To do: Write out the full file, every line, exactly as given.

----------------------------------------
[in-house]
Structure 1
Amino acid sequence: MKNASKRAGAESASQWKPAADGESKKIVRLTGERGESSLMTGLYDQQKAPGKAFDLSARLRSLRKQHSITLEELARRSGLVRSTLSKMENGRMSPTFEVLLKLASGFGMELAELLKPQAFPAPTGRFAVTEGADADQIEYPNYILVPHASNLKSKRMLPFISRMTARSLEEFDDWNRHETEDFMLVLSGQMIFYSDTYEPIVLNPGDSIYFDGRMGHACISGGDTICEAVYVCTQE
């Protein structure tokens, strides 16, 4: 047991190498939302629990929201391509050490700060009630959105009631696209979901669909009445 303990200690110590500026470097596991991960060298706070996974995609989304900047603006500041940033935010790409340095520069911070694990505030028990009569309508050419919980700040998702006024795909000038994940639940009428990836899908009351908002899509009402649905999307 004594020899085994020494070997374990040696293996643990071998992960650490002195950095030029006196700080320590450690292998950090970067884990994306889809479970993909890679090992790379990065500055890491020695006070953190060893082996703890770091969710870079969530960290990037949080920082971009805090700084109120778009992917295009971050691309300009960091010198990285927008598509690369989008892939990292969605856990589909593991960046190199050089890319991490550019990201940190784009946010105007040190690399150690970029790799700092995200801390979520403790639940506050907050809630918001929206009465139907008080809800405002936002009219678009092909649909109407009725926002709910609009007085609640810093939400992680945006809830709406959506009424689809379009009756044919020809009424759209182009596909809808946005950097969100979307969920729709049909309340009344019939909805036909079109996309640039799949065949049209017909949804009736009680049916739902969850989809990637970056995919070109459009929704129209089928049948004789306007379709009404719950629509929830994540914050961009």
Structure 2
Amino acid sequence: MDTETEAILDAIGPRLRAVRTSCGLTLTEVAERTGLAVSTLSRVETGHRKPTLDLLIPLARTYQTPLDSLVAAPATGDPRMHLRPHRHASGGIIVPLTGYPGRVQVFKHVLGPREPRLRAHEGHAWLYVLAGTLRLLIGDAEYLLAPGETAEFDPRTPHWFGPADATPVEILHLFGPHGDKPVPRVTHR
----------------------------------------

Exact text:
[in-house]
Structure 1
Amino acid sequence: MKNASKRAGAESASQWKPAADGESKKIVRLTGERGESSLMTGLYDQQKAPGKAFDLSARLRSLRKQHSITLEELARRSGLVRSTLSKMENGRMSPTFEVLLKLASGFGMELAELLKPQAFPAPTGRFAVTEGADADQIEYPNYILVPHASNLKSKRMLPFISRMTARSLEEFDDWNRHETEDFMLVLSGQMIFYSDTYEPIVLNPGDSIYFDGRMGHACISGGDTICEAVYVCTQE
């Protein structure tokens, strides 16, 4: 047991190498939302629990929201391509050490700060009630959105009631696209979901669909009445 303990200690110590500026470097596991991960060298706070996974995609989304900047603006500041940033935010790409340095520069911070694990505030028990009569309508050419919980700040998702006024795909000038994940639940009428990836899908009351908002899509009402649905999307 004594020899085994020494070997374990040696293996643990071998992960650490002195950095030029006196700080320590450690292998950090970067884990994306889809479970993909890679090992790379990065500055890491020695006070953190060893082996703890770091969710870079969530960290990037949080920082971009805090700084109120778009992917295009971050691309300009960091010198990285927008598509690369989008892939990292969605856990589909593991960046190199050089890319991490550019990201940190784009946010105007040190690399150690970029790799700092995200801390979520403790639940506050907050809630918001929206009465139907008080809800405002936002009219678009092909649909109407009725926002709910609009007085609640810093939400992680945006809830709406959506009424689809379009009756044919020809009424759209182009596909809808946005950097969100979307969920729709049909309340009344019939909805036909079109996309640039799949065949049209017909949804009736009680049916739902969850989809990637970056995919070109459009929704129209089928049948004789306007379709009404719950629509929830994540914050961009």
Structure 2
Amino acid sequence: MDTETEAILDAIGPRLRAVRTSCGLTLTEVAERTGLAVSTLSRVETGHRKPTLDLLIPLARTYQTPLDSLVAAPATGDPRMHLRPHRHASGGIIVPLTGYPGRVQVFKHVLGPREPRLRAHEGHAWLYVLAGTLRLLIGDAEYLLAPGETAEFDPRTPHWFGPADATPVEILHLFGPHGDKPVPRVTHR